Applying Twice: BVI Court Of Appeal Reinforces The Protection Available To Beneficial Owners



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On 25 April 2024, the Court of Appeal of the Eastern Caribbean Supreme Court delivered a significant judgment, which is likely to be widely welcomed as reinforcing...
British Virgin Islands Corporate/Commercial Law
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On 25 April 2024, the Court of Appeal of the Eastern Caribbean Supreme Court delivered a significant judgment, which is likely to be widely welcomed as reinforcing the protection available to shareholders of BVI Companies, and their beneficial owners: Floreat Real Estate Limited v. Chia Hsing Wang BVICHMAP 2023/0017.

The Court of Appeal's Judgment comes as the most recent development in a long running dispute in relation to investments of approximately US$500m which Mr Wang made in four investment funds structured and promoted by the London based financial advisor ‘Floreat'. The Judgment considers:

  • Whether a beneficial owner of shares is entitled to maintain winding up proceedings;
  • Whether a beneficial owner of shares, that holds an instrument of transfer executed otherwise than in accordance with the Company's Articles, is a member for the purposes of the Insolvency Act 2003;
  • Whether a second application for the grant of interim relief, where the earlier application failed on full and frank disclosure grounds, is an abuse of the process of the Court; and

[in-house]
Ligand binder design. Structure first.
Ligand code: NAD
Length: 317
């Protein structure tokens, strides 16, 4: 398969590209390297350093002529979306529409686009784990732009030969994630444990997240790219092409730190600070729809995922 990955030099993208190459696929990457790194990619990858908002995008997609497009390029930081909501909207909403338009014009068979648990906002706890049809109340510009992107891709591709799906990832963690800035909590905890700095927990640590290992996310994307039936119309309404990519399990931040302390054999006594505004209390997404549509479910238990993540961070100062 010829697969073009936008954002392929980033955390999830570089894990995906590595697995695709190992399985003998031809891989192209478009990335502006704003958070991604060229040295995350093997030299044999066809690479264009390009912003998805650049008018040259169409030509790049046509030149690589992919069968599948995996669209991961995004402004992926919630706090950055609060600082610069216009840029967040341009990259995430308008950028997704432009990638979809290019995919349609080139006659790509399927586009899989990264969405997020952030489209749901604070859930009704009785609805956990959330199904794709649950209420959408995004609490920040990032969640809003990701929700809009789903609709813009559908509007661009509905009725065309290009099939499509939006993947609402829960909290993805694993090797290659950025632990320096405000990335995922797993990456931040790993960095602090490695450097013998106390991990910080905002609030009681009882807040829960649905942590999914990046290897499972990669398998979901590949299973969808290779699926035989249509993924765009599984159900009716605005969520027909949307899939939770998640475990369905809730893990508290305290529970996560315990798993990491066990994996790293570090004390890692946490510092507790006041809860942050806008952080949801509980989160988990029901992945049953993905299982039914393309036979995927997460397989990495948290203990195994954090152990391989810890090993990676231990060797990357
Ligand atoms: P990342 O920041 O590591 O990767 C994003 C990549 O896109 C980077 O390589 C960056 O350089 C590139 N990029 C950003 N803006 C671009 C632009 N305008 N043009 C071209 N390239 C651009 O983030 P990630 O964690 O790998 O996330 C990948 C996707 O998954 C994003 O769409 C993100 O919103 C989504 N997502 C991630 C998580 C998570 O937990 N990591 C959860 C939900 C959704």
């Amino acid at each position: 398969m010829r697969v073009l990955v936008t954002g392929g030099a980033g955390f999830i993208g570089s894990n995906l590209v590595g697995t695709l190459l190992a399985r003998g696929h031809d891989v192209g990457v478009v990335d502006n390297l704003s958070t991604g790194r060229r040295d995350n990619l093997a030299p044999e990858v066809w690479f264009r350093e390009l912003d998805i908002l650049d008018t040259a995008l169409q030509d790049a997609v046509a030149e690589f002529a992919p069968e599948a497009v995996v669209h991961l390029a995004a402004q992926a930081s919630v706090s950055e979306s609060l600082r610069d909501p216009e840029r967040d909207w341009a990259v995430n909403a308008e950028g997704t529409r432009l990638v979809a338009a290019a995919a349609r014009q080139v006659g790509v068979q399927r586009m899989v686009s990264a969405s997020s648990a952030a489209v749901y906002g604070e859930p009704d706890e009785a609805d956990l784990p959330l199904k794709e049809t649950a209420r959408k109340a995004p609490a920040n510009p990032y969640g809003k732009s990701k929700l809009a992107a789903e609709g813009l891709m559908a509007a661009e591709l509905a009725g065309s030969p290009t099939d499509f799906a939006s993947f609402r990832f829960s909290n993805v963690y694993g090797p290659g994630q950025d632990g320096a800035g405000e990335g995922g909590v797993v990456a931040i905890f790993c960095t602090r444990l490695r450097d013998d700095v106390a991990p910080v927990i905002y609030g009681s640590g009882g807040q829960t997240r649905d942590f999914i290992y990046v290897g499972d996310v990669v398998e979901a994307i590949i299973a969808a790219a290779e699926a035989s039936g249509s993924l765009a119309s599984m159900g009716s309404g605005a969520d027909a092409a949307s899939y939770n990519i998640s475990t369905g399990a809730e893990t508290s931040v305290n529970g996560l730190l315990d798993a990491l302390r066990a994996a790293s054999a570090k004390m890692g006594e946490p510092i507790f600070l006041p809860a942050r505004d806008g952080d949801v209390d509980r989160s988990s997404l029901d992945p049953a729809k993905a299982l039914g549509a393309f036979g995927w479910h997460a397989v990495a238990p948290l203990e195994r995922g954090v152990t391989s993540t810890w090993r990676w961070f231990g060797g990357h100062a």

• Whether foreign judgments (and liquidators reports) are admissible in evidence in interlocutory proceedings.


The background to the proceedings is that Mr Wang had issued an application seeking the appointment of liquidators and provisional liquidators in three funds incorporated in the Cayman Islands, and one in the British Virgin Islands. He alleged serious impropriety by constituent parts of the Floreat Group, various of its management, and its principals Hussam Otaibi, Mutaz Otaibi and James Wilcox (the Floreat Principals), (all of them together, Floreat Parties) in relation to their conduct of the affairs of the funds.

Real Assets (RA) Global Opportunity Fund I limited (the Fund) was the fund incorporated in the BVI. Mr Wang was the beneficial owner of 97.2% of the participating shares issued by that Fund, but he was not (at least at the time that the application for the appointment of liquidators was issued) a registered shareholder of the Fund. The voting shares were held by Floreat Real Estate Limited (FRE), a part of the Floreat Group. Mr Wang had made attempts to have certain of the shares held on his behalf by his nominees transferred to him, but (as the Court held) the “supposedly independent directors” of the Fund repeatedly obstructed the transfer of certain of those shares into Mr Wang's name.

The Standing of Beneficial Owners

The Court's judgment extends to some 130 pages. The judgment, prepared by Farara JA:

  • confirms that a beneficial owner of shares can (in appropriate circumstances) take proceedings to protect his interests in a company in which he is ultimately a shareholder, notwithstanding the fact that he is not a registered shareholder of the company. Applying the equitable principles which have been developed in England and confirmed by the English Court of Appeal in Eclairs Group v. JKX Oil & Gas [2014] EWCA Civ 640 and by the Supreme Court in Roberts (FC) v. Gill [2010] UKSC 22, the Court held that a beneficiary can take proceedings to protect trust property, where special circumstances exist. The Court also rejected an argument that Section 184C of the BVI Business Companies Act 2004 (requiring the permission of the Court to bring a derivative claim) is applicable to such a claim. This decision therefore represents the approval of an earlier, first instance, decision of Malcolm Davis-White J in Tipp Investments PCC v. Chagala Group BVIHCM 2016/0102.